Homemade Sanding Sugar

Today, for my first blog post, I thought I should do something fairly easy, quick and really inexpensive! Where I live, many cooking products are so hard to find. I buy most of my special tools, ingredients and equipment from places I visit out of my ‘city’. Recently, I was in Bahrain, and oh my heavens, walked into a kitchen shop! I swear, I was so excited, and I really missed my mom, because we both bond over this stuff like mad! Anyway, they carried SO many things and I blew a lot of money there. They also had these tiny vials of sanding sugar. For about $5 (Rs.270). WHAT? Uh-uh. No. I’m not wasting spending that much  money for  a tablespoon or so of colored sugar!

 So, I returned to India without any colored sugar but they were still stuck in my mind. I was bored today, and I thought, why not? How difficult could that be? Also, sugar and water and color aren’t expensive. And if the idea failed, I could always add this to juices to get funky colored juices! That is a win, in my mind. So off I went to the kitchen!

And this is what I came up with!


I haven’t tried this out in any recipes yet, but be sure that my next post will be about different ways to use this up!



  • Sugar – As much you need
  • Liquid colouring-As required, depending on the intensity of the colour you want
  • A little water


There is only ONE step actually, that is mixing. This post is detailed, hence the length!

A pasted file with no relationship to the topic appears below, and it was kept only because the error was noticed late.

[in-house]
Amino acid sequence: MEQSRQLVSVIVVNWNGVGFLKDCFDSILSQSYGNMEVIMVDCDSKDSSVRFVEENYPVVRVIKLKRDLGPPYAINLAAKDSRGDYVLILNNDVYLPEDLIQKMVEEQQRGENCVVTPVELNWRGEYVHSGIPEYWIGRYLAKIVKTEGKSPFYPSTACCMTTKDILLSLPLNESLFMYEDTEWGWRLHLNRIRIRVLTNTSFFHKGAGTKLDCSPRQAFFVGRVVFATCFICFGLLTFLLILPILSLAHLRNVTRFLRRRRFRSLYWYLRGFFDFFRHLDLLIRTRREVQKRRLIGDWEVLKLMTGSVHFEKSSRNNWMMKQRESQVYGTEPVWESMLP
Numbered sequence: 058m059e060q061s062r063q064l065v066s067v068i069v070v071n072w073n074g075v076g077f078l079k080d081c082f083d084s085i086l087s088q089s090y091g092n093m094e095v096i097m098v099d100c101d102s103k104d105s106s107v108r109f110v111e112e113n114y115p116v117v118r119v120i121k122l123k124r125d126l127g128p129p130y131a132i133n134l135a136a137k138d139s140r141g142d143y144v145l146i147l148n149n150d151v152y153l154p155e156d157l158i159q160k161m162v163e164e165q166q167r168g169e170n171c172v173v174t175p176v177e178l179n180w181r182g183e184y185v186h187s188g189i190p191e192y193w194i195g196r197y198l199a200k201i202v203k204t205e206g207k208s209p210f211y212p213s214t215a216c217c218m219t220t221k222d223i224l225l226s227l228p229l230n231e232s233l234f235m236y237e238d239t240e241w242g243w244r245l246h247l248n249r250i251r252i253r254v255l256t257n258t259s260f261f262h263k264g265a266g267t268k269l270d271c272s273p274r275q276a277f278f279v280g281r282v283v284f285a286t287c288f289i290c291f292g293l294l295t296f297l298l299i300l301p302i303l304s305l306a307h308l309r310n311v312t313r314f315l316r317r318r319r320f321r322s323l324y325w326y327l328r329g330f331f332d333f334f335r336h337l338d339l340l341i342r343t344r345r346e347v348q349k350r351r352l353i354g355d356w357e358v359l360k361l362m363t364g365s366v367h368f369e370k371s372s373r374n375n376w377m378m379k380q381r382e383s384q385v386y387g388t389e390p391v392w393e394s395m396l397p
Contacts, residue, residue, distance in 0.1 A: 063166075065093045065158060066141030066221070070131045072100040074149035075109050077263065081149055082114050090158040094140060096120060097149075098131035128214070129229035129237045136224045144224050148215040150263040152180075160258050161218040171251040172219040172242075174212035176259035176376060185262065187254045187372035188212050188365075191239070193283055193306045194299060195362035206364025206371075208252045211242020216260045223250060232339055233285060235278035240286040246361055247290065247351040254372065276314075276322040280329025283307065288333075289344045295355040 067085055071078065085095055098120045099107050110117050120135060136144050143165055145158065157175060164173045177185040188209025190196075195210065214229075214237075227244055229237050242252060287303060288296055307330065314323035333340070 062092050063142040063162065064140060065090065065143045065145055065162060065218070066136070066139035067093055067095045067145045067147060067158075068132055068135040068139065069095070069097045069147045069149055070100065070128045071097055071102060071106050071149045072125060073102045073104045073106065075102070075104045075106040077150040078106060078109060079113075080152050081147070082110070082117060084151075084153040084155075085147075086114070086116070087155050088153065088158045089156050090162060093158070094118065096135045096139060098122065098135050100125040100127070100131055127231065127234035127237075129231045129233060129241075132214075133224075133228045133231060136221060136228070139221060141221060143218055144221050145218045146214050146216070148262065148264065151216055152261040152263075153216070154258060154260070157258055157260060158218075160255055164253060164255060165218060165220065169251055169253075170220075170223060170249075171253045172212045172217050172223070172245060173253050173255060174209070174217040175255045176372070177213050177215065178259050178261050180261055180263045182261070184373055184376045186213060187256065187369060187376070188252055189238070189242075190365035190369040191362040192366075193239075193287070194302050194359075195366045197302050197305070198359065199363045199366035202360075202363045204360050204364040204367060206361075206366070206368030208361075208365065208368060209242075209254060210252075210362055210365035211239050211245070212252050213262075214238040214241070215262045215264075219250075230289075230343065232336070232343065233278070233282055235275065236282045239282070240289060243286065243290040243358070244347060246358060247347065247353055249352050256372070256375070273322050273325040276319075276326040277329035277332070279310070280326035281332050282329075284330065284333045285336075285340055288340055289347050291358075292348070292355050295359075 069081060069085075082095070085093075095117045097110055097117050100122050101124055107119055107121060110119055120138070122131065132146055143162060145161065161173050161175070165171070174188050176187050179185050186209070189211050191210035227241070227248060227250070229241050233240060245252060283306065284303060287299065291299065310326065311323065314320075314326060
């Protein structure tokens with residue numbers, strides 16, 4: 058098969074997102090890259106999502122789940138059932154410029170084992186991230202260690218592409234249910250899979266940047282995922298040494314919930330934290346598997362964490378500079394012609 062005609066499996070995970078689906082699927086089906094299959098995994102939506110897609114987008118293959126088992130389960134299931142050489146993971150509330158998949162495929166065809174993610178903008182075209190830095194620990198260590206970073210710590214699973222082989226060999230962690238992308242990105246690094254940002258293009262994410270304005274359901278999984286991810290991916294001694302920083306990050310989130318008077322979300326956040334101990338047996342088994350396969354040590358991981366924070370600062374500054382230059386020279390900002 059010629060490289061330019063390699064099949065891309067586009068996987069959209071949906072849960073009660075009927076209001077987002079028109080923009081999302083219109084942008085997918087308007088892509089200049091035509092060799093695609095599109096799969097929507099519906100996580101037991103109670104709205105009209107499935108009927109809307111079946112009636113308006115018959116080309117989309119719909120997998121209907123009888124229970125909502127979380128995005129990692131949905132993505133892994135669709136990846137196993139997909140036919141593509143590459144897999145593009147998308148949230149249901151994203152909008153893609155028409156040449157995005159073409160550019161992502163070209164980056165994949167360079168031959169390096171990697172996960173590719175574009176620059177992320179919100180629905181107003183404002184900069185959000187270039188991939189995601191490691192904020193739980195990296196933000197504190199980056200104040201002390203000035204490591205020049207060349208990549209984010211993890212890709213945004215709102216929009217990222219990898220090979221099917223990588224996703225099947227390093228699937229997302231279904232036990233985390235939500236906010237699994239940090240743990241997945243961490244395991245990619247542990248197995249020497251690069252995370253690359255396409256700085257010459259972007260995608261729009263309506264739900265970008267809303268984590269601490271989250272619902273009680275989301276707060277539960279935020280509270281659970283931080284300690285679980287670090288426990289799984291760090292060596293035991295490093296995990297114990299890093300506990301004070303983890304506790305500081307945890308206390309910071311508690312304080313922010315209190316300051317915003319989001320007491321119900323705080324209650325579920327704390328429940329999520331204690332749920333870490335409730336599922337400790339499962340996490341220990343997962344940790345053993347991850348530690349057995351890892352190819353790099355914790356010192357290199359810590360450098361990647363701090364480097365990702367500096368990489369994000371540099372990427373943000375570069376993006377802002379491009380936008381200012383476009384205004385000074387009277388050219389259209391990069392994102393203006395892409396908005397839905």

If you’re using powder food colors, mix it with very little water. Otherwise keep the liquid coloring as it is. For those of you who don’t want to use synthetic food colors, there are natural options too. For example, I used turmeric, resulting in a light lemony yellow. Other ideas: beetroot, blueberries, etc. I haven’t tried this. Maybe in a future post. Here’s a great article on natural food dyes: blue, green, red, orange, yellow, purple.

  • Rub the liquid into the sugar, adding it drop by drop. Trust me, a little liquid goes a long way. You just want the sugar to get coloured, but not wet. A light dampness is OK.
  • Break up any big clumps, lay it on a flat surface to dry. Preferably somewhere sunny.
  • Once dry (you’ll know it because it will be hard to touch), break up any lumps that are left over.


That’s it! Use away. Or store it.


Oh this colour makes me so happy!


*If you want this finer, you could use a food processor to powder it finely. Adding a little bit of corn starch to this powdered sugar will give you coloured icing sugar.


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